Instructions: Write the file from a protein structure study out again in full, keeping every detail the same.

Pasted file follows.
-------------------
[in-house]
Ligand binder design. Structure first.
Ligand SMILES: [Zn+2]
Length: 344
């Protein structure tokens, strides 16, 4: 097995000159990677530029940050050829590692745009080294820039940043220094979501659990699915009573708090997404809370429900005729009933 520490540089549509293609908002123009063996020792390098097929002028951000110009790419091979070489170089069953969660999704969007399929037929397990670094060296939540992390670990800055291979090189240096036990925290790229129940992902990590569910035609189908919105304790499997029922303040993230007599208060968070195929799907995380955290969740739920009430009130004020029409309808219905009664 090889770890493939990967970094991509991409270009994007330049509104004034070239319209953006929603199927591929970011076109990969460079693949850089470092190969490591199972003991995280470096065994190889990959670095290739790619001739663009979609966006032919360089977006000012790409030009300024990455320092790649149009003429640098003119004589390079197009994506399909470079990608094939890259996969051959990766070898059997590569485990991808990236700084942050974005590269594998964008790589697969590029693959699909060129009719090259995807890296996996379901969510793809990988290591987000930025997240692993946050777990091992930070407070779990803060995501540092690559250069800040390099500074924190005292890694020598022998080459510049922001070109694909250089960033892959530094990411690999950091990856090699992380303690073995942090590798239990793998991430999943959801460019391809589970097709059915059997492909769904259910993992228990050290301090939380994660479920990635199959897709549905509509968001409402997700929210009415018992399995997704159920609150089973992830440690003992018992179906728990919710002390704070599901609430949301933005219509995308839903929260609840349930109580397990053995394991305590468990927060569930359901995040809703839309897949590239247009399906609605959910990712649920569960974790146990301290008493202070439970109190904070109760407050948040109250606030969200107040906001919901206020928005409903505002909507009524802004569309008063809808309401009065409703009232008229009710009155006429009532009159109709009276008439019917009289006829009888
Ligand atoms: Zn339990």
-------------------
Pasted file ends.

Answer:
[in-house]
Ligand binder design. Structure first.
Ligand SMILES: [Zn+2]
Length: 344
């Protein structure tokens, strides 16, 4: 097995000159990677530029940050050829590692745009080294820039940043220094979501659990699915009573708090997404809370429900005729009933 520490540089549509293609908002123009063996020792390098097929002028951000110009790419091979070489170089069953969660999704969007399929037929397990670094060296939540992390670990800055291979090189240096036990925290790229129940992902990590569910035609189908919105304790499997029922303040993230007599208060968070195929799907995380955290969740739920009430009130004020029409309808219905009664 090889770890493939990967970094991509991409270009994007330049509104004034070239319209953006929603199927591929970011076109990969460079693949850089470092190969490591199972003991995280470096065994190889990959670095290739790619001739663009979609966006032919360089977006000012790409030009300024990455320092790649149009003429640098003119004589390079197009994506399909470079990608094939890259996969051959990766070898059997590569485990991808990236700084942050974005590269594998964008790589697969590029693959699909060129009719090259995807890296996996379901969510793809990988290591987000930025997240692993946050777990091992930070407070779990803060995501540092690559250069800040390099500074924190005292890694020598022998080459510049922001070109694909250089960033892959530094990411690999950091990856090699992380303690073995942090590798239990793998991430999943959801460019391809589970097709059915059997492909769904259910993992228990050290301090939380994660479920990635199959897709549905509509968001409402997700929210009415018992399995997704159920609150089973992830440690003992018992179906728990919710002390704070599901609430949301933005219509995308839903929260609840349930109580397990053995394991305590468990927060569930359901995040809703839309897949590239247009399906609605959910990712649920569960974790146990301290008493202070439970109190904070109760407050948040109250606030969200107040906001919901206020928005409903505002909507009524802004569309008063809808309401009065409703009232008229009710009155006429009532009159109709009276008439019917009289006829009888
Ligand atoms: Zn339990």